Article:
To prepare a grinding vehicle from this cationic pigment dispersant, 200 parts were blended with 39.5 parts of 88 percent lactic acid and 515 parts of deionized water.
To prepare a pigment paste, 90 parts of this grinding vehicle was blended with four parts of acetylenic alcohol defoamer (Surfynol 104-A), 60 parts of phthalocyanine blue, 140 parts of iron oxide brown and 306 parts of deionized water, and the resultant slurry ground in a suitable mill to a Hegman No. 7.
EXAMPLE 11 An amine-epoxy adduct was prepared as follows:
One thousand eight hundred thirty parts of polyglycidyl ether of bisphenol A (Epon 1004) possessing an epoxy equivalent weight of 915 were dissolved in 35 3.2 parts of methyl butyl ketone by heating to reflux at 130C. with agitation in order to remove any water present by use of a decanting trap in the distillate return line. Upon cooling to 80C. under a dry nitrogen blanket, 52 parts of the diketimine derived from one mole of diethylene triamine and 2 moles of methyl isobutyl ketone (as described in US. Pat. No. 3,523,925) and 138.8 parts diethylamine were added and the batch heated to 120C, where it was held approximately 2 hours and then thinned with 326 parts of propylene glycol monomethyl ether. The resultant polytertiary amine cationic resin containing potential primary amine groups (to be generated from the ketimine moiety upon water addition) was stored for subsequent use. This product was identified as Adduct C.
1n order to prepare a reactive cationic plasticizer, the 2-ethylhexanol monourethane of 2,4-toluene diisocyanate was first prepared by adding 1953 parts of 2-ethylhexanol to 2610 parts of 2,4-toluene diisocyanate and 200 parts methyl butyl ketone over a 5-hour period with agitation and external cooling to maintain the batch reaction temperature below 20C. The batch was then thinned with parts of methyl butyl ketone and stored under dry nitrogen.
In another reactor, 456 parts of the above Z-ethylhexanol monourethane of 2,4-TD1 (1.5 equivalents of free isocyanate) was added to 7695 parts (1.5 equivalents) of polyoxypropylene diamine (Jeffersons .leffamine D-1000) possessing an amine equivalent weight of 512 over a 20-minute period at 40C., and then thinned with 189 parts of methyl butyl ketone to yield a reactive cationic plasticizer of 85.2 percent nonvolatile content.
ln another reactor, the 2-ethylhexanol diurethane of 80/20 2,4/2,6-toluene diisocyanate was prepared by slowly adding 87.1 parts of 80/20 2,4/2,6-TD1 to 143 parts of 2-ethy1hexanol containing one drop of dibutyl tin dilaurate with external cooling to maintain the reaction mixture below 100C.
To prepare an electrodepositable thermosetting cationic urethane composition, 741 parts of the above polytertiary amine cationic resin (Adduct C), 57 parts of ethylene glycol monohexyl ether, 134 parts of the above reactive cationic plasticizer, 231 parts of the above Z-ethylhexanol diurethane and 18 parts dibutyl tin dilaurate catalyst were blended and then solubilized with 46 parts of 88 percent lactic acid and 1773 parts deionized water.
To pigment this composition, 1216 parts of it were blended with 247 parts of the pigment paste described in Example 1, and the batch thinned to about 12 percent non-volatile content with 2337 parts of deionized water.
This electrodeposition bath showed a pH of 6.0 and 2 minute throwpower of inches at 280 volts. Films deposited cathodically for two minutes at 280 volts on zinc phosphated steel and baked 45 minutes at 350F. yielded smooth, hard, flexible films of 0.5 mil thickness.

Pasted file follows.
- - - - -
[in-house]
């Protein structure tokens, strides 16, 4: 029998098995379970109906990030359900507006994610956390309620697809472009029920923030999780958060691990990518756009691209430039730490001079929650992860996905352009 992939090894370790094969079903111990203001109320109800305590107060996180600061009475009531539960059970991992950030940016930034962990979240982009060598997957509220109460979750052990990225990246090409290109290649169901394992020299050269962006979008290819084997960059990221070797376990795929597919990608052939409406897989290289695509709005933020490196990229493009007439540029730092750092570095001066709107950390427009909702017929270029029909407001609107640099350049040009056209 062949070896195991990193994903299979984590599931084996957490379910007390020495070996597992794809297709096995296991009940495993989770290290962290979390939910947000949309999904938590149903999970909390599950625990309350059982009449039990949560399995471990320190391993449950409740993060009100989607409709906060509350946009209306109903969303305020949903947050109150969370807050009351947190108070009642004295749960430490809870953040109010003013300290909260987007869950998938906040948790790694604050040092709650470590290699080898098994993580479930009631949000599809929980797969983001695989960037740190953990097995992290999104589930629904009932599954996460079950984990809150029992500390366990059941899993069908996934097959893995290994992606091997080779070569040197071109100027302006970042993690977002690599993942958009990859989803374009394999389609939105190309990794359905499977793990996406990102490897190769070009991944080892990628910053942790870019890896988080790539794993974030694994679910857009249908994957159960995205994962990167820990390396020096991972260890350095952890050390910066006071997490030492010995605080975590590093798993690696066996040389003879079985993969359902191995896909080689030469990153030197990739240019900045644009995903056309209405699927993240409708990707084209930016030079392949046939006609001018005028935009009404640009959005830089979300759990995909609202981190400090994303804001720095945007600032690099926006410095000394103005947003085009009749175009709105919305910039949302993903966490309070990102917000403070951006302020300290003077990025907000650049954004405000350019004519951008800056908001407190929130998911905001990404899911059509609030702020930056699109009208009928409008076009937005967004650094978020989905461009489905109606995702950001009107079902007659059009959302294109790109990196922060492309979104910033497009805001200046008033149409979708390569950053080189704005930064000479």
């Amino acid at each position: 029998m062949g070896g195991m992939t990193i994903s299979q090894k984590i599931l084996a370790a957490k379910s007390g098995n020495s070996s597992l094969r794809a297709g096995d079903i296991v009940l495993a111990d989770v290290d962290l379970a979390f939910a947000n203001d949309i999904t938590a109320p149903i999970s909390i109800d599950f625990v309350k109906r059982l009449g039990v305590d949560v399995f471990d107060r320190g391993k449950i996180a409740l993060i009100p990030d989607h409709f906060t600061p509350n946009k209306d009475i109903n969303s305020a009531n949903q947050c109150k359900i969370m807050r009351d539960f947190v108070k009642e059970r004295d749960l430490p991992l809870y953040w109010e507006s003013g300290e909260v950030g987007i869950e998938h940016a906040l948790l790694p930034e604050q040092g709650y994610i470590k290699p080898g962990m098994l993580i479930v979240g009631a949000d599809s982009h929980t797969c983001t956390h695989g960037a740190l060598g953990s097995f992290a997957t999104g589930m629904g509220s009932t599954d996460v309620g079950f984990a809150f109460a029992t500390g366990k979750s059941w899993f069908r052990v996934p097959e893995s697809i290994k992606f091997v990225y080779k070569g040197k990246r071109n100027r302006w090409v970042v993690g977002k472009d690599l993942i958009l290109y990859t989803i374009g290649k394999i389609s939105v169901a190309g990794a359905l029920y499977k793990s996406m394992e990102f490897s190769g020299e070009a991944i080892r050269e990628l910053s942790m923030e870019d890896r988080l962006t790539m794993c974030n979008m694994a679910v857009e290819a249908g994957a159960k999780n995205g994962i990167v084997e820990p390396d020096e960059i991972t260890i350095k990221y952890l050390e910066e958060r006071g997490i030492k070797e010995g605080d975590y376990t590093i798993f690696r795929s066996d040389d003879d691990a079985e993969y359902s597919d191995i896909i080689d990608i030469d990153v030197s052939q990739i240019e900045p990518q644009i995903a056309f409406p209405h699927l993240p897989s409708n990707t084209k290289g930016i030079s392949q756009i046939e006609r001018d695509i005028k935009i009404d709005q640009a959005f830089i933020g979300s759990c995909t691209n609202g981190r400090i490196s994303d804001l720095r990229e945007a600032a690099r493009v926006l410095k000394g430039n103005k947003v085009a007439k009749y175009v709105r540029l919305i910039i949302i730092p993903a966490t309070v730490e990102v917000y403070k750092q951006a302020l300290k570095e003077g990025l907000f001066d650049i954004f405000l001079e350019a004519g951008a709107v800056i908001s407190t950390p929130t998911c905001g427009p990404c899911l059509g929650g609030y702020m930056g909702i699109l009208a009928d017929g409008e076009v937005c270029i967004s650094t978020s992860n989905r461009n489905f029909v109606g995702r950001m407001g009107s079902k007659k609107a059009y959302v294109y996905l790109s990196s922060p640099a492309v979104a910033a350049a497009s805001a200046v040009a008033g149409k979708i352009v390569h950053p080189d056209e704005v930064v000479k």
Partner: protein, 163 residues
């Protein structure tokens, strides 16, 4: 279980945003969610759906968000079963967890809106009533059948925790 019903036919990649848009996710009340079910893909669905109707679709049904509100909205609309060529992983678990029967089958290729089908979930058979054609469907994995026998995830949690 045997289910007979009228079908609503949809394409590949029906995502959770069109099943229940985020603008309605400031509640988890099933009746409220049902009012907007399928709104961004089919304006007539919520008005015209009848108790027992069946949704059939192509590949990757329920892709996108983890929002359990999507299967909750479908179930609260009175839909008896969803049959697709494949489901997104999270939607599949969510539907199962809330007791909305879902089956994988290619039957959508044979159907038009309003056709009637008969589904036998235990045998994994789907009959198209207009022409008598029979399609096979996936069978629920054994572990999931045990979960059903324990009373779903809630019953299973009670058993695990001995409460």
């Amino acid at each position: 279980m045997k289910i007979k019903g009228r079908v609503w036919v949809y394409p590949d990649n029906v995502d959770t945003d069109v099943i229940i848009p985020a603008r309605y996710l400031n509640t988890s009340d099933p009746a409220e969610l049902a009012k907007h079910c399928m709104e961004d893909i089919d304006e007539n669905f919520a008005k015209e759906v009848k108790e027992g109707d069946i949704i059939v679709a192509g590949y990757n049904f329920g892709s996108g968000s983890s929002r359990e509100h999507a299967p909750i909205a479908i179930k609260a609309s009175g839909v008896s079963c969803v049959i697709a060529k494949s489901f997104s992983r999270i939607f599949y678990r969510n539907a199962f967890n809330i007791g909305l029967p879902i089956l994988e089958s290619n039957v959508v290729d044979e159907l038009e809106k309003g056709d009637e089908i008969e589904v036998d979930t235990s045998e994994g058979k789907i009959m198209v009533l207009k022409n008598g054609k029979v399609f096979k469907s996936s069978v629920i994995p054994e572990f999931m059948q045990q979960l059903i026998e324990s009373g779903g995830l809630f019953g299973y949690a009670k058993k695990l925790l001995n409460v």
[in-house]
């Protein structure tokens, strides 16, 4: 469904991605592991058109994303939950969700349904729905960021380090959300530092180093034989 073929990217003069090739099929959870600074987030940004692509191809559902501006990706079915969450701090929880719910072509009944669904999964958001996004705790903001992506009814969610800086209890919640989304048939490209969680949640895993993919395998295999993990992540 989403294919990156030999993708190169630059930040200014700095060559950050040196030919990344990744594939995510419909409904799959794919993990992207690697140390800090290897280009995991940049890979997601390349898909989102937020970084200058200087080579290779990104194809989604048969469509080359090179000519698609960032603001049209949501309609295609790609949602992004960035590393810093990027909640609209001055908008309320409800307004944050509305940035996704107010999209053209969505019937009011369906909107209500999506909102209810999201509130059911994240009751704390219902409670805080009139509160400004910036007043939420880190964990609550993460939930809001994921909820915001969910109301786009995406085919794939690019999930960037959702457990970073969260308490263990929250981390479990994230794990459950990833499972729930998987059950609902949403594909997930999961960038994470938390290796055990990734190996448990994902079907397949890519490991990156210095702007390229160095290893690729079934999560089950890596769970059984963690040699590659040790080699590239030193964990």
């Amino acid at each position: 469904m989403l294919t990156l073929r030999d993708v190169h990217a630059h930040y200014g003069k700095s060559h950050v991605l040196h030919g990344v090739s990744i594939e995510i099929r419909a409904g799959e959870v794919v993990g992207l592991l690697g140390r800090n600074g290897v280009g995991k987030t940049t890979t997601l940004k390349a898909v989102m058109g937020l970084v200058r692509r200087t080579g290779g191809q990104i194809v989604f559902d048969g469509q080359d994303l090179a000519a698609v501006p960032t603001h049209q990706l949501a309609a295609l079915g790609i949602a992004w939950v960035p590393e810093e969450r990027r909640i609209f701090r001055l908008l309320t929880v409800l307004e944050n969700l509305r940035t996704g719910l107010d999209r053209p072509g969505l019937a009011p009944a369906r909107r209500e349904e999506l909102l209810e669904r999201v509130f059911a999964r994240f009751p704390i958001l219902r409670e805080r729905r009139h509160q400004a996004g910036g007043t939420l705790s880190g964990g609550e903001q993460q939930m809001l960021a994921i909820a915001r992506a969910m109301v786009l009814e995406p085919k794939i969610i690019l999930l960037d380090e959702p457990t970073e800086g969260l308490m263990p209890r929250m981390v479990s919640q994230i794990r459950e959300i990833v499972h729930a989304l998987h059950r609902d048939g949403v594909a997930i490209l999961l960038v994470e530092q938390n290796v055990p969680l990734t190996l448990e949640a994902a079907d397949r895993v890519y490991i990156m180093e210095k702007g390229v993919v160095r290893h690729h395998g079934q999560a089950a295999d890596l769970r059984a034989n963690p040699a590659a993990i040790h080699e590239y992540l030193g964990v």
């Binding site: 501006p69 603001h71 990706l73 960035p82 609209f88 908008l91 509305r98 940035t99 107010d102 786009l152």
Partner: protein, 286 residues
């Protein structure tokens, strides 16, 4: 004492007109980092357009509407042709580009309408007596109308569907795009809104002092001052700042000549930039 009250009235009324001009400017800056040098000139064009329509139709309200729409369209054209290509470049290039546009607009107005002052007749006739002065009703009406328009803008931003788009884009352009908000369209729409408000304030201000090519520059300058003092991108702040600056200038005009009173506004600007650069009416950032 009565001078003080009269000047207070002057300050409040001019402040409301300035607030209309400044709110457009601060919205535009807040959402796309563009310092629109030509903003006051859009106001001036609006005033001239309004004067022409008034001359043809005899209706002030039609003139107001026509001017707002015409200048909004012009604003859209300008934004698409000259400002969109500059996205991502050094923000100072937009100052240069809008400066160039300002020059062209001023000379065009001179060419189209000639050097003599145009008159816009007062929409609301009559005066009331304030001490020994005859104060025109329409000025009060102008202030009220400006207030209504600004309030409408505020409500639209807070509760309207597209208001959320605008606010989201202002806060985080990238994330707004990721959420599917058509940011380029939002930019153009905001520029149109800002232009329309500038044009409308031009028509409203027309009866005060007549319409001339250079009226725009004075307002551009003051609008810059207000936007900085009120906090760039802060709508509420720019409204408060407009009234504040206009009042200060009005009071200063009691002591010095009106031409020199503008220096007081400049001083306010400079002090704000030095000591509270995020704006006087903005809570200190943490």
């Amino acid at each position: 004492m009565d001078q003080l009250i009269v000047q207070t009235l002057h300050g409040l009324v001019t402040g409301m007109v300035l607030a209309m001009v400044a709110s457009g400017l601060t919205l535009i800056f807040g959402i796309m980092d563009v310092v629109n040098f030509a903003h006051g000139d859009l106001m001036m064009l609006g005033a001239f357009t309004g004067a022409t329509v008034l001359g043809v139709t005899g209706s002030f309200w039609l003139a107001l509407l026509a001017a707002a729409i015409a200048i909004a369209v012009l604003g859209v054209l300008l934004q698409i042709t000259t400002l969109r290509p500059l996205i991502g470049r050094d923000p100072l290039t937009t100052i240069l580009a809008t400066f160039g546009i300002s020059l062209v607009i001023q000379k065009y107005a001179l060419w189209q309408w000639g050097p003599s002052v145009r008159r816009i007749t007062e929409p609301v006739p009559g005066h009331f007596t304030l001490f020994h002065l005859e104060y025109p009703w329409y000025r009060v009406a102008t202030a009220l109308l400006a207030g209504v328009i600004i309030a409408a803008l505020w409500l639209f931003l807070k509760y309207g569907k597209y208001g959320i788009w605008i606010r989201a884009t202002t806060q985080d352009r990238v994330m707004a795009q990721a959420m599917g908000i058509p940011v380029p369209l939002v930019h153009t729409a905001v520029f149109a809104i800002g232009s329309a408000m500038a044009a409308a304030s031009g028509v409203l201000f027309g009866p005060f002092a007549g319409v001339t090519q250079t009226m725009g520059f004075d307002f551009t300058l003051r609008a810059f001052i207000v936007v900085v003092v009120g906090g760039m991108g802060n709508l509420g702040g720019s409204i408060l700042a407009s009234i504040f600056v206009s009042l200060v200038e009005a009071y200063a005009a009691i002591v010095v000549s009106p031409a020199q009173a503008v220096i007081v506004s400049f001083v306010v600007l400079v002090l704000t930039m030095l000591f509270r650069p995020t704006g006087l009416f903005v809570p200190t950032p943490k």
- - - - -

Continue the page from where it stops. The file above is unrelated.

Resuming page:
EXAMPLE III A 2-ethylhexanol monourethane of 2,4-toluene diisocyanate was prepared by adding 585.9 parts of 2-ethy1- hexanol to an agitated mixture of 793 parts of 2,4-toluene diisocyanate and 60 parts of methyl butyl ketone over approximately a 5-hour period with external cooling to maintain the reaction temperature below 30C. After the addition was complete, an additional 30 parts of methyl butyl ketone was added; and the batch stored under dry nitrogen for subsequent use.
A self'crosslinking cationic polyurethane resin was then prepared by first dissolving 632.4 parts of polyglycidyl ether of bisphenol A (Epon 1001) possessing an equivalent weight of 526 per epoxide group, in 177.4 parts of methyl butyl ketone, and refluxing for about 15 minutes to remove any water present by use of a decanting trap in the distillate return line. After cooling to 70C., 87.7 parts of diethylamine were introduced and the batch heated to about 140C. with removal of about 100 parts of solvent. The batch was then cooled to 100C., the solvent replaced, and 522.4 parts of the above 2-ethylhexanol monourethane of 2,4-to1uene diisocyanate added. Upon heating the batch to 120C, over a one-hour period, all NCO was found to have reacted, as indicated by an infrared scan. The batch was then thinned to 78 percent solids with 196 parts of propylene glycol monomethyl ether.
A reactive plasticizer for use with this self-crosslinking cationic urethane resin was then prepared by adding 248 parts of the 2-ethylhexanol monourethane of 2,4toluene diisocyanate to 1250 parts of polytetramethylene glycol (Quaker Oats POLYMEG 3000) possessing an average molecular weight of 2940 and heating the mixture to lO0-ll0C. and holding for about 5 hours until all NCO groups were reacted, as determined by infra-red scanning.
To 487 parts of the above cationic urethane was blended 43 parts of the above reactive plasticizer, and 38 parts ethylene glycol monohexyl ether. This mixture was neutralized with 39 parts 88 percent lactic acid, then blended with 8 parts dibutyl tin dilaurate, 215 parts of the pigment paste of Example I and, finally, thinned with 3465 parts of deionized water. This pigmented self-crosslinking polyurethane cationic electrodepositable composition of approximately 12 percent solids showed a pH of 4.5, conductivity of 875 mmhos./cm., and 2-minute Ford throw power of 7-3/8 inches at 350 volts.